Credit Score Factors: How Do Lenders Determine Whether You’re a Bad Bet?
March is National Credit Education Month, which sheds light on what we consider an essential topic for every adult—credit scores and how they work. This subject is particularly vital for insurance purposes because credit health can directly affect auto insurance rates. If you maintain a high score, you’ll probably enjoy a more affordable premium than someone with bad credit. So, how do you get those excellent rates? Let’s look at the primary credit score factors.
The United States has two leading credit-scoring companies, FICO and VantageScore. Both rely heavily on payment history when calculating your credit. They even factor in how late you pay your debts. For example, a bill paid 90 days late lowers your credit more than one paid 30 days after the deadline. So, make every payment on time, and then you can usually breathe easy about your score.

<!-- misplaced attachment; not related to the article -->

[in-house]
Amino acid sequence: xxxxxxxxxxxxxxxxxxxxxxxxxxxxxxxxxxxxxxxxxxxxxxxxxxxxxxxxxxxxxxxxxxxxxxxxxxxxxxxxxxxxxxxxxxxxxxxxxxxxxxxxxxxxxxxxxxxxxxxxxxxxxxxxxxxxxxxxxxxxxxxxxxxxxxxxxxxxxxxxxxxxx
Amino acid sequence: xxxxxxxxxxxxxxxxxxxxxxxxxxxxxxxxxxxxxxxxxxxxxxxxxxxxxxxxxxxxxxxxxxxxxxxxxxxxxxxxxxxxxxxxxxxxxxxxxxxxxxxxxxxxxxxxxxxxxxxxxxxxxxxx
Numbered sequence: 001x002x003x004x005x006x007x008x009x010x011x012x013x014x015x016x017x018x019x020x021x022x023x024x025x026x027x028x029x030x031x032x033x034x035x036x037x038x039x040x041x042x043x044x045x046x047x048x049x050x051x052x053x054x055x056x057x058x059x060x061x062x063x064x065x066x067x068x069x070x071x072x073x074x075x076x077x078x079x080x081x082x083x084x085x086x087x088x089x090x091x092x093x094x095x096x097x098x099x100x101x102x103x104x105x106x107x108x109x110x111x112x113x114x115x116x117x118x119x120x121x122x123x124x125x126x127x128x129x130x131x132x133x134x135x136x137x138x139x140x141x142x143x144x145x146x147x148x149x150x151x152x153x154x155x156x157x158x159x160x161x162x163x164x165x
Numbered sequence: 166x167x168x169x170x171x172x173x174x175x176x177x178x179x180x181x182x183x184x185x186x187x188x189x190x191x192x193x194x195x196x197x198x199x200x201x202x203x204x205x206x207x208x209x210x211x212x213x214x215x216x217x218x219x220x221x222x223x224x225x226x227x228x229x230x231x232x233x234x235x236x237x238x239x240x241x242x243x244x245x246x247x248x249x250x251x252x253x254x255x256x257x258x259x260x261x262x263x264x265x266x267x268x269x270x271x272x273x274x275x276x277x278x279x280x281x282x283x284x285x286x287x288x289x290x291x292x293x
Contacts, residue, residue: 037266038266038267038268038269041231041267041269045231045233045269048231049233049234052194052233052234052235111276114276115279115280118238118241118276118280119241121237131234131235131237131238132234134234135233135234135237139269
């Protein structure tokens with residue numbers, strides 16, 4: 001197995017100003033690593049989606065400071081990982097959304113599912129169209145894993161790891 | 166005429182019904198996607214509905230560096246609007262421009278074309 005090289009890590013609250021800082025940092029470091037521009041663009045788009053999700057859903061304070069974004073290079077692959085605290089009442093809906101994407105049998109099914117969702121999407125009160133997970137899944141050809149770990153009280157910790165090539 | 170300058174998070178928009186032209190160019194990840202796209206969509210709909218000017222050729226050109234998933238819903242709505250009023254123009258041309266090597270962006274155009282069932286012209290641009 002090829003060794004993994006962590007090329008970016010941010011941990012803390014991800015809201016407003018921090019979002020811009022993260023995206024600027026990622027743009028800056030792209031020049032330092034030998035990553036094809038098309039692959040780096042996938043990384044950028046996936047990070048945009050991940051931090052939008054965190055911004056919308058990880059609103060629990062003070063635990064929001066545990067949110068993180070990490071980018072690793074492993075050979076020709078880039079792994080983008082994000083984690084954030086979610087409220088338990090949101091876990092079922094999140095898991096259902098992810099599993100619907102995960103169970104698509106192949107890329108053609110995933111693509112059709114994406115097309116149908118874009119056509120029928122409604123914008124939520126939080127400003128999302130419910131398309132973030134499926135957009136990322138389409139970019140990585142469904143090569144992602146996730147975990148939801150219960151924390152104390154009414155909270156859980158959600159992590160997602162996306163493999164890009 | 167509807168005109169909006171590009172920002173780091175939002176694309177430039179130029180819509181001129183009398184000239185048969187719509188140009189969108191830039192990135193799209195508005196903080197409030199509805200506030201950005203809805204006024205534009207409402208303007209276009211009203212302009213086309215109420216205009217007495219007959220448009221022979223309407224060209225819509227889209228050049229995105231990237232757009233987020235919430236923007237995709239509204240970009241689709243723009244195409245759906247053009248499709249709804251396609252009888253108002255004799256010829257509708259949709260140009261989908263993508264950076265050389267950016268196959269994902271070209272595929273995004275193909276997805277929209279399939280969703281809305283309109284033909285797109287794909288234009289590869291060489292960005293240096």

Card utilization is also one of the significant credit score factors. “Credit usage” refers to the ratio between the amount you owe and your credit limit. It can also apply to installment loans for items such as your vehicles and mortgage. So, if you max out your cards frequently, a lender or insurance company might consider you unreliable.
This isn’t one of the main credit score factors, but it’s still considered. Your credit health can improve if you maintain various types of credit, such as cards and installment loans.
Older credit accounts can boost your score, especially if they have excellent payment histories. This happens because the aged lines of credit prove you can make payments over a long period. However, new accounts can lower your score if you open several in a short time. This action demonstrates a need for loans and a possible change in economic circumstances.
A lot of debt can lower your score, so pay as much off as you can without incurring more.